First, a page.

Covering all the Iran Nuclear Breakout Paths in the P5+1 Negotiations

by David Albright

November 6, 2014

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If Iran were to make the political decision to produce a nuclear weapon after a comprehensive nuclear deal, conventional wisdom currently varies on how Iran would cheat on such a deal. Would Iran use its declared nuclear facilities to secretly make enough highly enriched uranium (HEU) for a bomb or would it build covert sites to make the HEU? Unfortunately, this debate over guessing Iran’s future breakout decisions is counterproductive to the achievement of an adequate long-term nuclear deal between the P5+1 and Iran. It is best to take a broad view and secure a deal that makes all of Iran’s paths to the bomb a time consuming, risky effort.

Some of those who would argue that only the covert route is likely are tempted to live with Iranian demands for keeping a far greater number of centrifuges at declared sites than the U.S. government wants. Some would accept all of Iran’s currently installed centrifuges, which number 10,000 IR-1 centrifuges currently enriching and another roughly 9,000 installed but not yet enriching, including about 1,000 advanced centrifuges. A few have even said that the number of centrifuges at declared sites does not matter, since only covert breakout is conceivable.

In contrast, the United States has stated that it wants only about 1,000 to 2,000 IR-1 centrifuges enriching and the rest non-operational or dismantled. (Recently, as a proposed compromise, that number has reportedly increased to about 5,000 IR-1 centrifuges). Undersecretary of State Wendy Sherman recently said, “We must be confident that any effort by Tehran to breakout of its obligations will be so visible and time-consuming that the attempt would have no chance of success.” That goal requires that all of Iran’s paths to the bomb are limited.

Those advocating the covert route to nuclear weapons as the most likely or only path often rely on the U.S. 2007 National Intelligence Estimate, Iran: Nuclear Intentions and Capabilities. It concluded, “We assess with moderate confidence that Iran probably would use covert facilities—rather than its declared nuclear sites—for the production of highly enriched uranium for a weapon.” That assessment may have been true in 2007 when Iran had few centrifuges and in fact, was building a covert centrifuge plant at Qom, now called the Fordow facility. However, that statement is no longer true.

At this point in time, it is unlikely that Iran will put all its eggs in one basket, the covert pathway basket, for fear of getting caught again, long before it has enough weapon-grade uranium or separated plutonium for nuclear weapons. The revelation about the Qom enrichment plant was highly damaging to Iran’s international credibility. For example, Russia became much more critical of Iran after this revelation and the creation of damaging sanctions became easier. Therefore, Iran is unlikely to want to repeat that mistake without greater assurance of being able to successfully hide a covert program, something it likely lacks now and will not likely gain anytime soon if the long term deal is carefully crafted by the United States and its partners.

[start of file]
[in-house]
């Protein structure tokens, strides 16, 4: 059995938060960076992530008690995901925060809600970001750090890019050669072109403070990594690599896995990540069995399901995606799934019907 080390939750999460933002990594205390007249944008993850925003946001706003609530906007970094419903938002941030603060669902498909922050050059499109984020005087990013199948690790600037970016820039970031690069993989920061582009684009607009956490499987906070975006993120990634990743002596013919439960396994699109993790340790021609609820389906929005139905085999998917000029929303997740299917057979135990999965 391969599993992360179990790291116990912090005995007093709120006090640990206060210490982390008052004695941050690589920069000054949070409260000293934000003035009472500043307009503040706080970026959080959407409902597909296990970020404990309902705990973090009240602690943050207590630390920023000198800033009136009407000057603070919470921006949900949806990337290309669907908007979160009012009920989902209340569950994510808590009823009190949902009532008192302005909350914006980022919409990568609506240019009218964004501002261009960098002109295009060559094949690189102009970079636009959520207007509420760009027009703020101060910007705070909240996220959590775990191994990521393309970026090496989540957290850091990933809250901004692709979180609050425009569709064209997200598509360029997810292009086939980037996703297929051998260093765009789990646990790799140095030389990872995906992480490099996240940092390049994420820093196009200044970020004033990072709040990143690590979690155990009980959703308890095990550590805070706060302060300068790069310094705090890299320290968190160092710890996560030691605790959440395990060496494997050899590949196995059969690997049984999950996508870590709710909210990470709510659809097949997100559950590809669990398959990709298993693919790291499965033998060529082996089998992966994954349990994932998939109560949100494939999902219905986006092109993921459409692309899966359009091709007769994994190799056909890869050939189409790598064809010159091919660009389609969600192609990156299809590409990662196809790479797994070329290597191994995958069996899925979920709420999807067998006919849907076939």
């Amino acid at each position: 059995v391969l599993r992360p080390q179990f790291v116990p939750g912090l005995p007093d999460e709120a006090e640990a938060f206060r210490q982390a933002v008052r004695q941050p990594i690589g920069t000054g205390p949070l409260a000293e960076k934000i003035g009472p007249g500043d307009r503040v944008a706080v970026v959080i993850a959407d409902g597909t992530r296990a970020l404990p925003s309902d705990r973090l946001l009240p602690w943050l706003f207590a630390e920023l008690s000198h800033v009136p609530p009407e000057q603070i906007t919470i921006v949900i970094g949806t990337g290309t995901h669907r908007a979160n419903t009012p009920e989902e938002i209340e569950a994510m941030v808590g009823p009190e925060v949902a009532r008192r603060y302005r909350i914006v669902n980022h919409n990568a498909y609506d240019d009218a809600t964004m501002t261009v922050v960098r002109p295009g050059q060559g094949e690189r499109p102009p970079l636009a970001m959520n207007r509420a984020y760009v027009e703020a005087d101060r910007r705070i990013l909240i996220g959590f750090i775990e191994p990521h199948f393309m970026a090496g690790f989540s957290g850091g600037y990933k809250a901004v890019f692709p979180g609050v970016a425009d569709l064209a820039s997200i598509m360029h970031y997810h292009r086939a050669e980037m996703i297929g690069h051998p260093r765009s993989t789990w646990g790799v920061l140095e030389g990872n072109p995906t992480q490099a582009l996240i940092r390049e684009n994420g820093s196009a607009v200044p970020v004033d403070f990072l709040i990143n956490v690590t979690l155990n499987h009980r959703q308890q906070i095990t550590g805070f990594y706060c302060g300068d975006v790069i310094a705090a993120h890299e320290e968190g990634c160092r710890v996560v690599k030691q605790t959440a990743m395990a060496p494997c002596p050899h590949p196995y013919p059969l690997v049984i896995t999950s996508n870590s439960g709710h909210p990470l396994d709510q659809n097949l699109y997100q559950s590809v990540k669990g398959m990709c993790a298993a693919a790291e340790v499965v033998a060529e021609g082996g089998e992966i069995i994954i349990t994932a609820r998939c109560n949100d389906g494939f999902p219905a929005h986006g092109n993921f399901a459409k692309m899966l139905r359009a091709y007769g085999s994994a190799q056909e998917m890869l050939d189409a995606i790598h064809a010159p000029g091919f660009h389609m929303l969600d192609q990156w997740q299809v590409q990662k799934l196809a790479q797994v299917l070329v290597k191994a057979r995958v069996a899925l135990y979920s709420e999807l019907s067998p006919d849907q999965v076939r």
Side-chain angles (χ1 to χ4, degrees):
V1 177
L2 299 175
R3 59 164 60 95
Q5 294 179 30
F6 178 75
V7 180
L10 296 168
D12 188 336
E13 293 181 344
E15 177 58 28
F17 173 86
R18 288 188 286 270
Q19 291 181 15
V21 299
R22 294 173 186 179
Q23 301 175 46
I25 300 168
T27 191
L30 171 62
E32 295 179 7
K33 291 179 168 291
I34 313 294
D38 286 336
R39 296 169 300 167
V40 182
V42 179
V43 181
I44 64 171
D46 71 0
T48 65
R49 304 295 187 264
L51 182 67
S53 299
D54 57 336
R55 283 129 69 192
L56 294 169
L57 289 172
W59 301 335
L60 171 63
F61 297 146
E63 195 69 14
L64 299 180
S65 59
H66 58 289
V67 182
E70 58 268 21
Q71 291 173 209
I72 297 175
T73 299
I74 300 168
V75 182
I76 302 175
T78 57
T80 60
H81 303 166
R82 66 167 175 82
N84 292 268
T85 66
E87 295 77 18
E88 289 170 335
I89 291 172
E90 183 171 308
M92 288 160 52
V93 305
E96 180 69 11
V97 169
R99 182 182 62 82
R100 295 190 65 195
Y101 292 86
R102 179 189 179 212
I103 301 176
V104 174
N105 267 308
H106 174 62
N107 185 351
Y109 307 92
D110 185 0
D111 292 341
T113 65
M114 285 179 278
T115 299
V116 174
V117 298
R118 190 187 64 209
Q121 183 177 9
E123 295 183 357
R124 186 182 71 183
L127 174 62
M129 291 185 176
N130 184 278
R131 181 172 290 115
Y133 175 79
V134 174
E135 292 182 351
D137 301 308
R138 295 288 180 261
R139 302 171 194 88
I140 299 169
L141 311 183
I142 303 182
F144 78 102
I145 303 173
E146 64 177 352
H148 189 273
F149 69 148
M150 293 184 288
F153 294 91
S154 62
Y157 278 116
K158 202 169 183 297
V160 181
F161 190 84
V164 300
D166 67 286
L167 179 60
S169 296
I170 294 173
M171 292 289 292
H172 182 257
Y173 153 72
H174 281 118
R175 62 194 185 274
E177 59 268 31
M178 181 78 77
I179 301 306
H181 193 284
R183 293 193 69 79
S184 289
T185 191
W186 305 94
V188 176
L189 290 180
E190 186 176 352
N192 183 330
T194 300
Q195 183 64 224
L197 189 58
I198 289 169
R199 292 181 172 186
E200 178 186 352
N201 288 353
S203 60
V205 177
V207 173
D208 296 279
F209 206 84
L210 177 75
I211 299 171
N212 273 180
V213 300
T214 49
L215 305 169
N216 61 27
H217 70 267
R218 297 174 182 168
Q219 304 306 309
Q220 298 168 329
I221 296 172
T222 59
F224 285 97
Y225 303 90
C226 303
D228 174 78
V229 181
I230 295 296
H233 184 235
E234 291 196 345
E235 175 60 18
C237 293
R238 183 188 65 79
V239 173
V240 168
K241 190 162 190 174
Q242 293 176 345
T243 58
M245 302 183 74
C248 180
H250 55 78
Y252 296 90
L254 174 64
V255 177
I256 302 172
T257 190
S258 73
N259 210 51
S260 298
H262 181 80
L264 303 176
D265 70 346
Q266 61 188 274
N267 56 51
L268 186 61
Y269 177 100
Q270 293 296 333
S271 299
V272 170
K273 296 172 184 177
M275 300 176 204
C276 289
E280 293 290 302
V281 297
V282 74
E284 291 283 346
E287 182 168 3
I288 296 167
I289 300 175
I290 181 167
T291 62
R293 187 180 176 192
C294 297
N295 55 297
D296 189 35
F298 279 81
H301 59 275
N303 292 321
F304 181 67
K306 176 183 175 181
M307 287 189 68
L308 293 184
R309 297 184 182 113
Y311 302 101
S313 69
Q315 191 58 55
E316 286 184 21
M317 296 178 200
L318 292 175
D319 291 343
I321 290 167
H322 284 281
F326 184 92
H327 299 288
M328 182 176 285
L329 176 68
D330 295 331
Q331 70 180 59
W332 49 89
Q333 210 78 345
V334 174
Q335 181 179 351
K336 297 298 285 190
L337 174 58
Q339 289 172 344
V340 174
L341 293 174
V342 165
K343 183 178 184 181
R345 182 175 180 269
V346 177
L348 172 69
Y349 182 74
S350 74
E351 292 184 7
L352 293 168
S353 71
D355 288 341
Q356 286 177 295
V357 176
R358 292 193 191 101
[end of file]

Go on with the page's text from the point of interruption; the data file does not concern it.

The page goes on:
Iran is more likely today to pick a safe route and seek to maintain and increase its capabilities at declared centrifuge sites, the associated centrifuge manufacturing complex, and centrifuge R&D facilities. It would view this path as the preferred one, because it can simply and legitimately claim that all its activities are civil in nature, even if it is actually hiding the goal of eventually seeking nuclear weapons. If it opts to make nuclear weapons in the future, its declared programs could serve as the basis of whatever it does. Then, it could pursue breakout as it deems most appropriate, whether by misusing its declared centrifuge facilities, building covert ones, or using both paths together.

Thus, the U.S. goal should be limiting sharply the number of centrifuges at declared sites and constraining centrifuge manufacturing and R&D activities. This approach would greatly diminish Iran’s ability to breakout to nuclear weapons. If Iran decides to build nuclear weapons in the future, it would have to start from this relatively low level of capability, regardless of the path it would actually select in the future. The long time to acquire enough HEU for a weapon may turn out to deter Iran from even trying.

This strategy depends on creating a robust verification regime able to detect covert nuclear activities. Iran has assuredly learned from its mistakes at hiding the Qom enrichment site. In fact, it has likely developed more sophisticated methods to hide covert nuclear activities. But robust verification, which requires measures beyond the Additional Protocol, can provide assurance that Iran is not hiding centrifuge plants or other nuclear capabilities in the future. These additional verification measures would ensure that Iran would have a very hard time creating a covert program outside of its declared programs after signing a long term agreement.

It is wiser to anticipate and block all of Iran’s potential future paths to the bomb, rather than guessing and picking the wrong one.

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